• How do Romans 8:28 “And we know that in all things God works for the good of those who love him, who have been called according to his purpose;” and Genesis 50:20, “You intended to harm me, but God intended it for the good to accomplish what is now being done, the saving of many lives” apply to this topic?   

My favorite little nugget from this movie, however, has to do with a horse.  Not, actually, because of the horse though, but because of what happens and because of the message.  Cassia is returning home in a horse drawn carriage that hits a rut in the road.  As it happens, one of the horses gets hurt (it appears he’s broken something).  He’s on the ground, in pain.  Milo offers to help.  He examines the horse, helps ease the pain and suffering, and then in a snap, he breaks the horse’s neck.  Of course, everyone was shocked and appalled.  How could he do such a thing?

Cassia alone, however, had a different reaction.  She was amazed at his strength—not his physical strength, but his emotional strength.  She realized that he was doing the kindest thing possible for the horse.  It was the only way.  The horse wouldn’t have survived the injury and it would be cruel to prolong his suffering.  Milo, in his great love and respect for the horse, eased its pain and gently ended its suffering.  It was kind for the horse, but Cassia recognized the strength of character and will that Milo had to possess to do it.

Milo was misjudged by most.  He was criticized, told he was barbaric and cruel, when he was doing the most humane thing possible.  (It was ironic, really.  The criticisms came from his captors, themselves the barbarians, forcing him to fight other men to the death in the arena.)  But this is how it is.  So often, the thing that seems harsh or cruel is actually the kindest, gentlest, most loving thing to do.   And sometimes we are Milo, sometimes we are the horse.  Sometimes we are the ones having to make the hard call—a parent having to discipline their child, a friend having to confront someone with the truth, a doctor, having to split a person open in order to help them heal…  And sometimes we are on the receiving end, having to trust that the person confronting us or telling us no, or operating or disciplining us… is actually  trustworthy and acting on our behalf and doing the most loving, kindest , gentlest thing possible.  Harsh for the moment, perhaps, but better for our overall wellbeing.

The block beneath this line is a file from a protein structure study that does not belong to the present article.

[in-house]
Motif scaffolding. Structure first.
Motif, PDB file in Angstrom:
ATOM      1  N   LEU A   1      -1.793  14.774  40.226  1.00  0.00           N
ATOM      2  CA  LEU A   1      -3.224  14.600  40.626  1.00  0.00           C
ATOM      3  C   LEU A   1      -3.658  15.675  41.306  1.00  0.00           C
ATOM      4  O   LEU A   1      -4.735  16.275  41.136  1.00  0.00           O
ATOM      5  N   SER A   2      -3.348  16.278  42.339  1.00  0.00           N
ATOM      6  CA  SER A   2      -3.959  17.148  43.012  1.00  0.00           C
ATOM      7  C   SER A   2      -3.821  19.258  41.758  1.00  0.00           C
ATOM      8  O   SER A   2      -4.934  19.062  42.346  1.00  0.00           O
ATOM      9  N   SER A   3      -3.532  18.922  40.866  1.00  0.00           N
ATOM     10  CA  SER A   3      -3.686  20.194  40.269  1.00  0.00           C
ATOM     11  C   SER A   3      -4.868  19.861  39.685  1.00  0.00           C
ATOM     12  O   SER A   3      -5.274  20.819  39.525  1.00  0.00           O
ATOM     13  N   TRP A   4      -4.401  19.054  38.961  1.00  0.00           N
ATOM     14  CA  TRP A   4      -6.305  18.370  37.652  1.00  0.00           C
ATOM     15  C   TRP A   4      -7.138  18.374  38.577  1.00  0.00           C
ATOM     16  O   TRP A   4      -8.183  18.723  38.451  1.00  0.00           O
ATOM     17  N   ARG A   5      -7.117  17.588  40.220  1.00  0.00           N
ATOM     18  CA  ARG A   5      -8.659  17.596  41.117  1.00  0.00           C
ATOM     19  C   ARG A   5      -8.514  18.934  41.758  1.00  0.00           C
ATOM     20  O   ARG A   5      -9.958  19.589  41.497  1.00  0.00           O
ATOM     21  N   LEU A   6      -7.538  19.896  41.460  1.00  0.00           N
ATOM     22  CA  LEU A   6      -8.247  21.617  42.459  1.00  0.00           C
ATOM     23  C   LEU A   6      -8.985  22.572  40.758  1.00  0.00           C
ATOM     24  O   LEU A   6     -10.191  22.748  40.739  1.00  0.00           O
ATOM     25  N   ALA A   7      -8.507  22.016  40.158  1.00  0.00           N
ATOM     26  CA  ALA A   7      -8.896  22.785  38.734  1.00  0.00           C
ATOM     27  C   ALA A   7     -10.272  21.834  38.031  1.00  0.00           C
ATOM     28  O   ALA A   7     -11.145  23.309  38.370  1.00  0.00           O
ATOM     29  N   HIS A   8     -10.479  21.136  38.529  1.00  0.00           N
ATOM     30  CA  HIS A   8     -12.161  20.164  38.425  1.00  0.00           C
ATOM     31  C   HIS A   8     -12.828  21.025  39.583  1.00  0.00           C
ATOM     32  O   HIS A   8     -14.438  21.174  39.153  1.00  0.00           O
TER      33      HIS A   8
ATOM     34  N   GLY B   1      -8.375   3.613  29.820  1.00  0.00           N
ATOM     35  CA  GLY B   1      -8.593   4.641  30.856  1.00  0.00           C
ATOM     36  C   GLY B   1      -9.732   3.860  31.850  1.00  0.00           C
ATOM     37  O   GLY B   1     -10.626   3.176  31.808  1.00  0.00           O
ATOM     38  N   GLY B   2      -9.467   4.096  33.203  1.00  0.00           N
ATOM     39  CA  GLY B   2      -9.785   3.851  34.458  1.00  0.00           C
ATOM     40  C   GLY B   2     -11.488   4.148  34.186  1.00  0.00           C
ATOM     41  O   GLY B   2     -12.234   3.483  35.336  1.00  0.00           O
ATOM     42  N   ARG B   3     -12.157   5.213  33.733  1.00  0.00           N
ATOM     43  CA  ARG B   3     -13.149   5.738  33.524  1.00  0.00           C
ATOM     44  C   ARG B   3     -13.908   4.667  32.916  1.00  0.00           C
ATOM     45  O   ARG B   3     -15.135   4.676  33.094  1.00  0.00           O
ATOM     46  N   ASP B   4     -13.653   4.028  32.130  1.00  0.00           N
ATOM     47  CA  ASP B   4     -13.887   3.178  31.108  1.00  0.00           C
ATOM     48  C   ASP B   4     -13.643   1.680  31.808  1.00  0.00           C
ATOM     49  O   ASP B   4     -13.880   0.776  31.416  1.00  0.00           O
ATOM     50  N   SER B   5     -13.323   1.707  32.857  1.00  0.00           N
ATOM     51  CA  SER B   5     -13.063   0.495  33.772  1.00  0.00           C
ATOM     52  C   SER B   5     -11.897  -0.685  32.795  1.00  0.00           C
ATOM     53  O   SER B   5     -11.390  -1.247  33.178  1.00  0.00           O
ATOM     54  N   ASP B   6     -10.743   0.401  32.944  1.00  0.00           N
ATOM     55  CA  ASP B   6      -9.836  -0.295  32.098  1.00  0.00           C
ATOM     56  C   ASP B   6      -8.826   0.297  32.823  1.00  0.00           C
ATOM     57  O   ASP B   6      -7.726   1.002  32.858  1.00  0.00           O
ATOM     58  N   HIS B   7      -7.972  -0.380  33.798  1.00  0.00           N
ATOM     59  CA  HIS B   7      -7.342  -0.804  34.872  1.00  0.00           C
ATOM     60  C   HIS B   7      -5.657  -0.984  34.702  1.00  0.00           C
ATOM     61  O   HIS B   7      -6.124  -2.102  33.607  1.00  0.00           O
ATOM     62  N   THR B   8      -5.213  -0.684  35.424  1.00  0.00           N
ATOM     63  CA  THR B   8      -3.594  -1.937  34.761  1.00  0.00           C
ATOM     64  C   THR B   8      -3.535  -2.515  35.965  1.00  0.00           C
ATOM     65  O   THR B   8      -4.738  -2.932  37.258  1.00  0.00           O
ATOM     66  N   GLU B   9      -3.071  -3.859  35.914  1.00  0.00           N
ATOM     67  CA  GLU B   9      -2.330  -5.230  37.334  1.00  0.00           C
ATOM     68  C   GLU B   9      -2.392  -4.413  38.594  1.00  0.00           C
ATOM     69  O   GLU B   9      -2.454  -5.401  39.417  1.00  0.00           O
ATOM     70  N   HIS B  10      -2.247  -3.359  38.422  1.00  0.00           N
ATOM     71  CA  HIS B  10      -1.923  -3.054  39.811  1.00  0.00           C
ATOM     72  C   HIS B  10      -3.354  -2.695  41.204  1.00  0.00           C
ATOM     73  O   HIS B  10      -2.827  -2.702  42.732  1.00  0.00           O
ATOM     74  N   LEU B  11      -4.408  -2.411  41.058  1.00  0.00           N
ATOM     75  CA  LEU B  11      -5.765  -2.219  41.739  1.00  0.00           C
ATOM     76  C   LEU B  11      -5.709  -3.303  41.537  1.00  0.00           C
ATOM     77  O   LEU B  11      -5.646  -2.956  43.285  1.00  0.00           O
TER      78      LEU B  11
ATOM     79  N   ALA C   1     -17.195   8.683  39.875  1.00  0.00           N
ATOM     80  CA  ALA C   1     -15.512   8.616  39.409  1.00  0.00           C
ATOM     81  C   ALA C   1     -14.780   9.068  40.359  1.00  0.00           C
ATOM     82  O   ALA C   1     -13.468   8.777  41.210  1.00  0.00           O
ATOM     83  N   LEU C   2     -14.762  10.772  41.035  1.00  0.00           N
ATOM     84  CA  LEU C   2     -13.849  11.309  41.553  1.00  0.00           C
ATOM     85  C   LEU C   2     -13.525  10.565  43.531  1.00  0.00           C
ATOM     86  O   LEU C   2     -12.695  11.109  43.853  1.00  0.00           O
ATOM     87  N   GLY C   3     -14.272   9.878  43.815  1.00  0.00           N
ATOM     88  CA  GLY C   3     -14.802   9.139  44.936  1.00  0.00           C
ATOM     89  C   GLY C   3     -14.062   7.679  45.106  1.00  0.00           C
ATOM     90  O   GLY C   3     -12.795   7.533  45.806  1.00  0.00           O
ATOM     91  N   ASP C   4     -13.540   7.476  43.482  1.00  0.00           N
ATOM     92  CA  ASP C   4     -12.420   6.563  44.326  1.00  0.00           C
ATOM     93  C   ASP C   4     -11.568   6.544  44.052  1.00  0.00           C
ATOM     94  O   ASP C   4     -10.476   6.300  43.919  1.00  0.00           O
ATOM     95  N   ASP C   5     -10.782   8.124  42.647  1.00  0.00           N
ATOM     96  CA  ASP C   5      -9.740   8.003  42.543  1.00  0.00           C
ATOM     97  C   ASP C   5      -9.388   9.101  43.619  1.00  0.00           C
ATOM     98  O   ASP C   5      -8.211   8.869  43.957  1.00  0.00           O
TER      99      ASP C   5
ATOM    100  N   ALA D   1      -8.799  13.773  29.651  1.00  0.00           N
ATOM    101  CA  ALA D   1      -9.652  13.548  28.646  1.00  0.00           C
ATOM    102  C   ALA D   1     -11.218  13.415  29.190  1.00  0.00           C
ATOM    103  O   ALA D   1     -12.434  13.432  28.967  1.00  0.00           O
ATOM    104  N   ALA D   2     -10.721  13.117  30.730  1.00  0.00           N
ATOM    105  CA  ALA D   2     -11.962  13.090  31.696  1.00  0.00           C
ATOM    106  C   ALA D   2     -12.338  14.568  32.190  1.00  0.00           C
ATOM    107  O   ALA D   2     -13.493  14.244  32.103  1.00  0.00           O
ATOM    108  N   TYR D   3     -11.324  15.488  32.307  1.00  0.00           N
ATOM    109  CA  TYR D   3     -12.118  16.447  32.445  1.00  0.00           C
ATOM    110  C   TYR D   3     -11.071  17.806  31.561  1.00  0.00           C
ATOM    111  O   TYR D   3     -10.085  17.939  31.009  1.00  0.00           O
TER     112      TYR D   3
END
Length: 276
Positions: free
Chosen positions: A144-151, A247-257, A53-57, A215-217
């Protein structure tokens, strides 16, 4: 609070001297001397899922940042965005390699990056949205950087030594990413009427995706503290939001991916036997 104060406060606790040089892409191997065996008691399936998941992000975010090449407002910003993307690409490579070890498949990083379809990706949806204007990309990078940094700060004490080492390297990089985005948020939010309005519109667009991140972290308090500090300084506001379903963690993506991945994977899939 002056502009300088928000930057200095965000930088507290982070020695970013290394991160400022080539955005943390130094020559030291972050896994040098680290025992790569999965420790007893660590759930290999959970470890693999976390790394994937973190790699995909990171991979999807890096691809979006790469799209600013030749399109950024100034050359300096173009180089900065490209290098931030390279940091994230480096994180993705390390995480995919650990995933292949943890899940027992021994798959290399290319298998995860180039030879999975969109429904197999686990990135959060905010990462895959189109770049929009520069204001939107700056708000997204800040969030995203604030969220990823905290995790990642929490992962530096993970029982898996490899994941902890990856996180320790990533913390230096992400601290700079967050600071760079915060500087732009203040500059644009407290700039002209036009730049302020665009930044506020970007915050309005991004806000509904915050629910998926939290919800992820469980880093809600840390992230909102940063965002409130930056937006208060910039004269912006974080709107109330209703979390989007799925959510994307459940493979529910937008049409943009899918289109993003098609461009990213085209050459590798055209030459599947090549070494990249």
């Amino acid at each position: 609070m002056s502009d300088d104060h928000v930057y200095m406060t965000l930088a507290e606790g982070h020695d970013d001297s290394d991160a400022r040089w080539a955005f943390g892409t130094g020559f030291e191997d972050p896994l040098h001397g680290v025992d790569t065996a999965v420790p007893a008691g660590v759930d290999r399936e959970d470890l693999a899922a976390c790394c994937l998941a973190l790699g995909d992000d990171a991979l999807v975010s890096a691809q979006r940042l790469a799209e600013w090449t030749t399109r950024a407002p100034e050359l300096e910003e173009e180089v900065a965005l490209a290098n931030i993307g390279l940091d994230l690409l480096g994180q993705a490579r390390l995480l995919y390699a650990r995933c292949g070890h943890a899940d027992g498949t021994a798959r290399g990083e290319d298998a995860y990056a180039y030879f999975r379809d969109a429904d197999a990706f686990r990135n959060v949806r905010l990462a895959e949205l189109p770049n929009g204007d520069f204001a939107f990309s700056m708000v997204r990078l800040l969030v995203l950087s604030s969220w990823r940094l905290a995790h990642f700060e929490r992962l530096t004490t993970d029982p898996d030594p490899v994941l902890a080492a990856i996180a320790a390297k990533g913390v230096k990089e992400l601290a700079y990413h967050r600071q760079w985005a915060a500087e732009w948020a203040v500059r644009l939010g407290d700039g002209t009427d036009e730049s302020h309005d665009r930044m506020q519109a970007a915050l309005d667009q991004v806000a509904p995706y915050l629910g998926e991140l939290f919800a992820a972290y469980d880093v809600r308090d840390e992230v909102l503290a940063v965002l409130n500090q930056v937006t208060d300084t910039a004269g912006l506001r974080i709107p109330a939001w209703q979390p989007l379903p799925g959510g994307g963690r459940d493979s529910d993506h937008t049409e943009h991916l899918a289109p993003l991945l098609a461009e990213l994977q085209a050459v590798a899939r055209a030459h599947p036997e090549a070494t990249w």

It happens in our earthly relationships, but it happens far more in our relationship with God.  With God, we are always on the receiving end.  We are always receiving His kindness, His love, His blessings…  It’s just that sometimes those look like what they are, and sometimes they look a lot like Milo killing that horse.  What do we do when they look the latter?  Do we react like most of the bystanders, accusing God, wondering how He could be so cruel and barbaric?  Or do we react like Cassia, trusting in His goodness, understanding that it’s for our good?  “The Lord gives and the Lord takes away,”[1] and He does both out of His love and kindness for us.  He is love.  He cannot act contrary to love, nor can he do less than love.  That is true, but the question remains if we can trust it when circumstances seem to belie the truth.

  • How did you respond when he broke the horse’s neck? 
  • Why do you think Cassia trusted Milo?
  • Have you ever had to do the hard thing, like Milo did?  Were you doing it because it was the kind and loving thing to do?  How did others respond?
  • How do you respond when you are the horse (so to speak)?  How do you handle it when you are the recipient of something which seems harsh—especially when it’s from the hand of God?  Do you blame God, or are you able to trust that He is working for your good, blessing you with his love and tender mercies, even in the midst of your circumstances?

Click here to read quotes from Pompeii.

 


[1] Job 1:21